Clause 10 Deregulation Bill: Partial authorisation of insolvency practitioners

Comments from ACCA to the Insolvency Service
21 February 2014


ACCA is an RPB under the Insolvency Act 1986 and licences and regulates over 160 practitioners.

While we accept that the proposed partial licensing regime affords some benefits our primary concern about the proposed change is whether the interests of consumers are likely to be satisfied by its introduction. We have previously maintained that in many insolvency situations, especially those involving corporate entities, an advising practitioner will be faced with a succession of insolvency issues, both of a corporate and personal nature, and best advice will invariably require knowledge and experience of both types of insolvency. Under the proposed regime appointers of insolvency practitioners will find themselves in a position whereby holders of partial licences will be qualified to take on appointments in one or other of the two fields but may not be able to deal satisfactorily with interlocking issues. Consumers may not always understand the restricted scope of practitioners’ authorisation, and even if they do they may struggle to understand why it is that the system has authorised individuals to provide insolvency services when they do not have the rounded skill set that has been routinely provided to the market until now.

The consultation letter states that the introduction of partial licensing will have three beneficial consequences:

  • it will reduce barriers to the IP market and increase competition
  • it will produce cost savings in training fees
  • it will enable IPs who already specialise in personal or company work to concentrate on that area.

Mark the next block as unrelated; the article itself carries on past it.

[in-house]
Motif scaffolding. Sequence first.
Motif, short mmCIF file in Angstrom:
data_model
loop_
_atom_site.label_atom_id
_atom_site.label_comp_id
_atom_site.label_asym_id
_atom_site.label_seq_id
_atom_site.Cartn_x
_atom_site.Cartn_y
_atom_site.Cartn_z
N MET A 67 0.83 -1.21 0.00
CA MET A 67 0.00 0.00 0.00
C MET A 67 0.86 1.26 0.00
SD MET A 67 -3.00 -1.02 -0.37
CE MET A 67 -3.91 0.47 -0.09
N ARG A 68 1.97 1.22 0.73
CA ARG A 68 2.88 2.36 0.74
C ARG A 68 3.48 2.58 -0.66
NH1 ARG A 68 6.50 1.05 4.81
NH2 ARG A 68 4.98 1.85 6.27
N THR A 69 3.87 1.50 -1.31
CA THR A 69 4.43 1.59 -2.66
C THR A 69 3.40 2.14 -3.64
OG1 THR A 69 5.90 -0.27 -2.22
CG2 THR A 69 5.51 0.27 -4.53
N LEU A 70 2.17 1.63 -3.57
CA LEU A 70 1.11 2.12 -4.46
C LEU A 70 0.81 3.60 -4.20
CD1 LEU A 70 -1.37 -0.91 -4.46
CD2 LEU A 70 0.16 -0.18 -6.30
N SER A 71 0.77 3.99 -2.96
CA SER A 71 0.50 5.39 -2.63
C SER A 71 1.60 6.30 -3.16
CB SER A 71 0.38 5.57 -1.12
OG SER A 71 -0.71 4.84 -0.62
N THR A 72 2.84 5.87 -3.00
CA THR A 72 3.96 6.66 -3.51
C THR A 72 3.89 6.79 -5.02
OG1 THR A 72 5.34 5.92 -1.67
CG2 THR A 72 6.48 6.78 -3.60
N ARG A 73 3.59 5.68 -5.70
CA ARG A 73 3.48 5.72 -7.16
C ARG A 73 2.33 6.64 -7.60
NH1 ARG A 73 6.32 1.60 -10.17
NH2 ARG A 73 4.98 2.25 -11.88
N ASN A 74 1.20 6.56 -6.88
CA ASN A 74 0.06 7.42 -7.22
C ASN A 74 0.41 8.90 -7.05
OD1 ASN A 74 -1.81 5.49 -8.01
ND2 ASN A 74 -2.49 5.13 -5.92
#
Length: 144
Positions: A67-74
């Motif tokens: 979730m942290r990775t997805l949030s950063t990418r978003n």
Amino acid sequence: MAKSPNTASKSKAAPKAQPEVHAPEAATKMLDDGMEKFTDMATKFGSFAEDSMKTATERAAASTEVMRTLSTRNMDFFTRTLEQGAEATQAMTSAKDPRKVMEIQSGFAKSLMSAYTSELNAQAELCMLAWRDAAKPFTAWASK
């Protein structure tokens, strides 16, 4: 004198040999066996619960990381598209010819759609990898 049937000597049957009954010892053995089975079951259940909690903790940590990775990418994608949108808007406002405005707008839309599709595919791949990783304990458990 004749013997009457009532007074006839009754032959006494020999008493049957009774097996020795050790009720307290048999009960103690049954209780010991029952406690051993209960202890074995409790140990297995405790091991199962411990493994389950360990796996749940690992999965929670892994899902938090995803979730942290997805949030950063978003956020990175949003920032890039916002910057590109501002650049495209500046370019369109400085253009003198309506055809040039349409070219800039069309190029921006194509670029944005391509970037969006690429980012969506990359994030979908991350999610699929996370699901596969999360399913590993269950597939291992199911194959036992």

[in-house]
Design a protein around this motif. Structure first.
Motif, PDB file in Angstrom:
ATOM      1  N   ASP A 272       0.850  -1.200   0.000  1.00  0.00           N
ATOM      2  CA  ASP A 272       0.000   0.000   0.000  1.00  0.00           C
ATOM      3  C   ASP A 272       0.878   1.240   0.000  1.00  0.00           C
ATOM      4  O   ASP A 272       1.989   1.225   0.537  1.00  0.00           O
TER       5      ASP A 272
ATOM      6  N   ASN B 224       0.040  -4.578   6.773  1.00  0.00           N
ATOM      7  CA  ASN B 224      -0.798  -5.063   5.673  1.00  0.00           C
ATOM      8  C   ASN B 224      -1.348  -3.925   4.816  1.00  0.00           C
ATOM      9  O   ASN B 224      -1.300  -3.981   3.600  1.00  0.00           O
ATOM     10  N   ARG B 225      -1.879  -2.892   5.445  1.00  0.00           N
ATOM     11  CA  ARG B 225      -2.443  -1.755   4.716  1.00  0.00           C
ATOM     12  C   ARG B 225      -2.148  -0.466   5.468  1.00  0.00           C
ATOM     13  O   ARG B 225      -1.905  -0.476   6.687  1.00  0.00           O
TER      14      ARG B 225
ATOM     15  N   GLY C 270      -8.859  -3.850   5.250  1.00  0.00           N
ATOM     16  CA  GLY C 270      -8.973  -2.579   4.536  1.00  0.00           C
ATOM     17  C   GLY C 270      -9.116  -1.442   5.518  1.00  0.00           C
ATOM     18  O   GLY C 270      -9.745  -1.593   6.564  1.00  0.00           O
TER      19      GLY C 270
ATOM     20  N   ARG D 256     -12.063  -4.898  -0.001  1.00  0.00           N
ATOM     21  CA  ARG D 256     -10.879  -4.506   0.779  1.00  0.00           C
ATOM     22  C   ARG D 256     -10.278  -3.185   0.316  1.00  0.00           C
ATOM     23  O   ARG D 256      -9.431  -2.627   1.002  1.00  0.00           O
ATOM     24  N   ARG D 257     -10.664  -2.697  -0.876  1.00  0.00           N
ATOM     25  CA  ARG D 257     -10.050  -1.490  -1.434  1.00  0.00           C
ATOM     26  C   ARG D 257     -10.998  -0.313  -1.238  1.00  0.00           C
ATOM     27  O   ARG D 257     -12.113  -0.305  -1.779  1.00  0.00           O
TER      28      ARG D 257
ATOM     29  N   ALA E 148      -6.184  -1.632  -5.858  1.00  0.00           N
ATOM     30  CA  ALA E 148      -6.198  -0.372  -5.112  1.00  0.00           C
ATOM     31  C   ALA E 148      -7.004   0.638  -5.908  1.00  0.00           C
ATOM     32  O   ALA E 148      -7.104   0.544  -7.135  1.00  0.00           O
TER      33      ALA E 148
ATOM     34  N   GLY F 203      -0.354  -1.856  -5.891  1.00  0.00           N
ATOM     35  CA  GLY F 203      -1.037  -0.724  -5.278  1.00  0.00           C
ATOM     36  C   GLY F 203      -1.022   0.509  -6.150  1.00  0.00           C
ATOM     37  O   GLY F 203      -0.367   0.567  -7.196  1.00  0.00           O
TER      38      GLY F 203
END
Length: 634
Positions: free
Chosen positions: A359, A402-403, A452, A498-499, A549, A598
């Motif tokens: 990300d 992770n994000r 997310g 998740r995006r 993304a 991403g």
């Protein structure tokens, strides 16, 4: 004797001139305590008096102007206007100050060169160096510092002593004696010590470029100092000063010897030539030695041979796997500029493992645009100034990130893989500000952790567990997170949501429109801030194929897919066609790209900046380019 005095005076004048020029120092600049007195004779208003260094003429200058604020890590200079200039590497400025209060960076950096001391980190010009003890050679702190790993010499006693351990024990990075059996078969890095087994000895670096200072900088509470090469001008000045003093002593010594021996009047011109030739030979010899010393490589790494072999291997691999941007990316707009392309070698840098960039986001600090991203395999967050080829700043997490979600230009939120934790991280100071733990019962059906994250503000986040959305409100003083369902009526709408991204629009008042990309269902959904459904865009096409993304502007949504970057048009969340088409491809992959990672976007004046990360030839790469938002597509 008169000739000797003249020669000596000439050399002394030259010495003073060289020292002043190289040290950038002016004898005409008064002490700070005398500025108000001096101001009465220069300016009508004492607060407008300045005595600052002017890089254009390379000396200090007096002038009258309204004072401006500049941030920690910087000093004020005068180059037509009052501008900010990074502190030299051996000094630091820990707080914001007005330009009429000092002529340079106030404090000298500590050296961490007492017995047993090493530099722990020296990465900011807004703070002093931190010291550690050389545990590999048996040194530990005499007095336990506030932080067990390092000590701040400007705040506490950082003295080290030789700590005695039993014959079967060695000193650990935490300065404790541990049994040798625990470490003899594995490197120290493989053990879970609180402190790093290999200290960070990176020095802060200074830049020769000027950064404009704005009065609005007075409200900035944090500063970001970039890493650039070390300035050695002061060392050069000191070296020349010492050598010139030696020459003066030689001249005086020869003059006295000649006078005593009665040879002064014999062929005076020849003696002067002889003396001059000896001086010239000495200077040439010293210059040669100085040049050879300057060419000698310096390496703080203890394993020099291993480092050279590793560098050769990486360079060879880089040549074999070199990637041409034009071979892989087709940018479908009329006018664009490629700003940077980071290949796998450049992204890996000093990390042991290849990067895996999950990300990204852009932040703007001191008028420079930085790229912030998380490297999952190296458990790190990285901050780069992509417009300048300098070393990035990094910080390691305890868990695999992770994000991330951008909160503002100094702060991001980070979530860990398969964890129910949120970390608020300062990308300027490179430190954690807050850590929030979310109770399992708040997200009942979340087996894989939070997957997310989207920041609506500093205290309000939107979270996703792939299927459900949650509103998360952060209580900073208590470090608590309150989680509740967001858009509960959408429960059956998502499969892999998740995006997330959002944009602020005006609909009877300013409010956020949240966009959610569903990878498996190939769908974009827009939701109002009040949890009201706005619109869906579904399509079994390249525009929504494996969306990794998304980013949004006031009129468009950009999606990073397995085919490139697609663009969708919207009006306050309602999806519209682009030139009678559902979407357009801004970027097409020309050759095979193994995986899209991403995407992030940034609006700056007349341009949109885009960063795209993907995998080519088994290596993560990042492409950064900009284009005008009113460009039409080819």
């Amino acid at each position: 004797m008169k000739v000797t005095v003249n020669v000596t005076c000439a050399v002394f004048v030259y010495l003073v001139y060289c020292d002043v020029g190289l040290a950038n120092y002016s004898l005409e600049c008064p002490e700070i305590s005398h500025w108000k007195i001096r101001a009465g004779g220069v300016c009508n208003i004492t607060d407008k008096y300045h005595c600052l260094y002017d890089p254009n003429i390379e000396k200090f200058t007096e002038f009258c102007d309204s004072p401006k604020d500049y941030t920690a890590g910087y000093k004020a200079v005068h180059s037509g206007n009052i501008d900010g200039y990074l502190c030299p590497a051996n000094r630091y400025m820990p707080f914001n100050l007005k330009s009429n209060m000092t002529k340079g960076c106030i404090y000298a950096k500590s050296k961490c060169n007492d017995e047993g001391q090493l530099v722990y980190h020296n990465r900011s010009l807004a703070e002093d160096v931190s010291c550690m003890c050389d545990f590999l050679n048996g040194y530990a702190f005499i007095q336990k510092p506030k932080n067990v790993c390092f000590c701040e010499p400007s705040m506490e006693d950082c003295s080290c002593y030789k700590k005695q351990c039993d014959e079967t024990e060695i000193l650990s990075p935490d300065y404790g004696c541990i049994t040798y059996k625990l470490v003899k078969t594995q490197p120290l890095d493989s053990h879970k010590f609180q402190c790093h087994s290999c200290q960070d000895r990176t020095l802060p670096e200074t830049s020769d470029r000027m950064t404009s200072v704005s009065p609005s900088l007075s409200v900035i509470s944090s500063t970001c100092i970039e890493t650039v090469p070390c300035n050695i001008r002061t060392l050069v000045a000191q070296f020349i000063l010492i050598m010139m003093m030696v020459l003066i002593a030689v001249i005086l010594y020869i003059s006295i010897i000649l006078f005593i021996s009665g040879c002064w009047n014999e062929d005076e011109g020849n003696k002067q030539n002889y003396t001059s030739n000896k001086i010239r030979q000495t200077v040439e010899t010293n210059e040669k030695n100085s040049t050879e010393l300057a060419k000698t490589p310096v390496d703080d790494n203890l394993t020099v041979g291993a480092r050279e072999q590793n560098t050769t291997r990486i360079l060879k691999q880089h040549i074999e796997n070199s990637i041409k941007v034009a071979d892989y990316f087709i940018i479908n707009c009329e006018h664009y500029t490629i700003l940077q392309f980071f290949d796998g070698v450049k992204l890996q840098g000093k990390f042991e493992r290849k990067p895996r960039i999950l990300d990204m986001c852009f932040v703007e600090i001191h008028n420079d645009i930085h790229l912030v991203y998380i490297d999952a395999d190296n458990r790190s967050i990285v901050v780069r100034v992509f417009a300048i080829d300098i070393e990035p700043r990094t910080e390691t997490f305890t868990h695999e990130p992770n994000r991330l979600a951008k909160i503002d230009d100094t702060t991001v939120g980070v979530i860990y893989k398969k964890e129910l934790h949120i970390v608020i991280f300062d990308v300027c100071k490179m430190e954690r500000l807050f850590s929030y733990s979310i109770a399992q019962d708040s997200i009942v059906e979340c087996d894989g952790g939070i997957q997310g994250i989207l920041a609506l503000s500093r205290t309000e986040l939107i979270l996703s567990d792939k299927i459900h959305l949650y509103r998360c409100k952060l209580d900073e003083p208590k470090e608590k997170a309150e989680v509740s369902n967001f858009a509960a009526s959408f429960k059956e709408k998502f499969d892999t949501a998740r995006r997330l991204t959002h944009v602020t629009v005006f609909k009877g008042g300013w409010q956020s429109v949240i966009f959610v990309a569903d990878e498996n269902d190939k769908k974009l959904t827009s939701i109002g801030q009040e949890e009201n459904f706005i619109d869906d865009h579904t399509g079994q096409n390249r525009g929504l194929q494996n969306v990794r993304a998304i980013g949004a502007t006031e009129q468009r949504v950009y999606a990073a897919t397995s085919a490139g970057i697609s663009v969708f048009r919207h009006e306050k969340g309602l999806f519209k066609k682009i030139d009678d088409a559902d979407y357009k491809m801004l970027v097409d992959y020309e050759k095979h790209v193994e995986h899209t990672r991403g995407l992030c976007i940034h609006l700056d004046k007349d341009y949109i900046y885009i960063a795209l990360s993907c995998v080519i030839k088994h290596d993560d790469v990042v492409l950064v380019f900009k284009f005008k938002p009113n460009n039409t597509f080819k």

We accept that for those IPs who only do personal insolvency work, and do not anticipate ever doing corporate work, there is likely to be a market for partial licences. Firms that operate as ‘IVA factories’ will therefore be able to train trainees only to do personal work and conduct internal quality assurance work in respect only of that area of work. One can anticipate some economies in this context.

Whether the introduction of partial licensing for personal work will result overall in greater competition for insolvency appointments is less certain in our view. If the IVA factories are able to make efficiency savings as a result of the reform, then it must be doubtful whether general practitioners who are new to the market will be able to compete with those established firms on either price or experience. Further, smaller practising firms are unlikely to be able to anticipate attracting sufficient business away from the factories to justify the investment in training to acquire a partial licence in the first place. Such firms, if they have an interest in insolvency at all, will almost certainly be minded to retain full licence capacity in order to maximise the chances of accessing insolvency work. The outcome of the reform is accordingly more likely, in our view, to be a reinforcement of the dominant position of the factories than an opening up of the market to new entrants.

In terms of our position as a regulator, we will be faced with making a decision as to whether we should acquire the right under the amended Act to issue partial licences. If we choose to do so it will be because we believe that our members should be given the opportunity to take advantage of the rule change through their own professional body. We would inevitably incur some costs as a result of doing so, given that we would have to operate two or three processes where we currently operate only one. That notwithstanding we do not foresee that the additional costs and workload would be material given the relatively small number of individuals we license and regulate and are likely to do so in future. We would need to introduce new procedures to govern the application and licensing processes: these new procedures would require incorporation in our rulebook, which would result in some legal and transactional costs. Monitoring costs would be negligible since we are presently resourced to assess members’ competence in both personal and corporate work.

Overall our view is that the proposed reform could make some positive difference to the mass IVA providers but would not result in any material increase in the number of practitioners and firms entering the market overall. We maintain our view that the interests of the consumer would be best served by insolvency professionals having a wide understanding of insolvency rules and practices.